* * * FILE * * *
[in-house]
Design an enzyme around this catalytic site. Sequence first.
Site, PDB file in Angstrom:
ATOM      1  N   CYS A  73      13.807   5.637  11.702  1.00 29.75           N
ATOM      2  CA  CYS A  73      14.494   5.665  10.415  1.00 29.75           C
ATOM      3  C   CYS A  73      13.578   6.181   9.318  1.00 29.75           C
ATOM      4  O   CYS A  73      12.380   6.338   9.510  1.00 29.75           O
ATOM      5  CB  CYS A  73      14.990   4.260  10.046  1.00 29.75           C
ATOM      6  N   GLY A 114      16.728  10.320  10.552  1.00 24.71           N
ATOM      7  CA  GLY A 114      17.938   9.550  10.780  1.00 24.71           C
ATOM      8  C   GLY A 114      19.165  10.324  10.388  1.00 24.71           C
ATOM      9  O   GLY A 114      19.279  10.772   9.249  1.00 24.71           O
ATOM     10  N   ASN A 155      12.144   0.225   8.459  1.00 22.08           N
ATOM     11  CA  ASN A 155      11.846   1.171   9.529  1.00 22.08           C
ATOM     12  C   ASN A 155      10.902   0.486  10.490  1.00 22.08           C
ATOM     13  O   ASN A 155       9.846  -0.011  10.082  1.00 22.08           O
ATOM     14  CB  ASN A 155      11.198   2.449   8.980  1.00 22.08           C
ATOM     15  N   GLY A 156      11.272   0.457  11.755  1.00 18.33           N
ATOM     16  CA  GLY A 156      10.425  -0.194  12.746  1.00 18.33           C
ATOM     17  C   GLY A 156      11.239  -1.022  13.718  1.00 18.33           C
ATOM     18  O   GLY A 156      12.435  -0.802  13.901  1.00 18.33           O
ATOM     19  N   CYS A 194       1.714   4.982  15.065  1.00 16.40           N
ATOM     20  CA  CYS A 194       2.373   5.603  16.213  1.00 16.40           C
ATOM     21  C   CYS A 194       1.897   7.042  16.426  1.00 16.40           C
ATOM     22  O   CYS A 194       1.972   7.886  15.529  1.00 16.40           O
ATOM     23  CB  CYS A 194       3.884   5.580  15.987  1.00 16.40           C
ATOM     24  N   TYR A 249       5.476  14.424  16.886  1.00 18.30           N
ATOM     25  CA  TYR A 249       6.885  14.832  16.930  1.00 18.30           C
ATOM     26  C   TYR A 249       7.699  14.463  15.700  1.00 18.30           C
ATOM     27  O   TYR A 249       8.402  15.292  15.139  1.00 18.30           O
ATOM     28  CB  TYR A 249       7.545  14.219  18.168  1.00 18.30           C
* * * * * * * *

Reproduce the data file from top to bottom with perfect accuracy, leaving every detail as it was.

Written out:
[in-house]
Design an enzyme around this catalytic site. Sequence first.
Site, PDB file in Angstrom:
ATOM      1  N   CYS A  73      13.807   5.637  11.702  1.00 29.75           N
ATOM      2  CA  CYS A  73      14.494   5.665  10.415  1.00 29.75           C
ATOM      3  C   CYS A  73      13.578   6.181   9.318  1.00 29.75           C
ATOM      4  O   CYS A  73      12.380   6.338   9.510  1.00 29.75           O
ATOM      5  CB  CYS A  73      14.990   4.260  10.046  1.00 29.75           C
ATOM      6  N   GLY A 114      16.728  10.320  10.552  1.00 24.71           N
ATOM      7  CA  GLY A 114      17.938   9.550  10.780  1.00 24.71           C
ATOM      8  C   GLY A 114      19.165  10.324  10.388  1.00 24.71           C
ATOM      9  O   GLY A 114      19.279  10.772   9.249  1.00 24.71           O
ATOM     10  N   ASN A 155      12.144   0.225   8.459  1.00 22.08           N
ATOM     11  CA  ASN A 155      11.846   1.171   9.529  1.00 22.08           C
ATOM     12  C   ASN A 155      10.902   0.486  10.490  1.00 22.08           C
ATOM     13  O   ASN A 155       9.846  -0.011  10.082  1.00 22.08           O
ATOM     14  CB  ASN A 155      11.198   2.449   8.980  1.00 22.08           C
ATOM     15  N   GLY A 156      11.272   0.457  11.755  1.00 18.33           N
ATOM     16  CA  GLY A 156      10.425  -0.194  12.746  1.00 18.33           C
ATOM     17  C   GLY A 156      11.239  -1.022  13.718  1.00 18.33           C
ATOM     18  O   GLY A 156      12.435  -0.802  13.901  1.00 18.33           O
ATOM     19  N   CYS A 194       1.714   4.982  15.065  1.00 16.40           N
ATOM     20  CA  CYS A 194       2.373   5.603  16.213  1.00 16.40           C
ATOM     21  C   CYS A 194       1.897   7.042  16.426  1.00 16.40           C
ATOM     22  O   CYS A 194       1.972   7.886  15.529  1.00 16.40           O
ATOM     23  CB  CYS A 194       3.884   5.580  15.987  1.00 16.40           C
ATOM     24  N   TYR A 249       5.476  14.424  16.886  1.00 18.30           N
ATOM     25  CA  TYR A 249       6.885  14.832  16.930  1.00 18.30           C
ATOM     26  C   TYR A 249       7.699  14.463  15.700  1.00 18.30           C
ATOM     27  O   TYR A 249       8.402  15.292  15.139  1.00 18.30           O
ATOM     28  CB  TYR A 249       7.545  14.219  18.168  1.00 18.30           C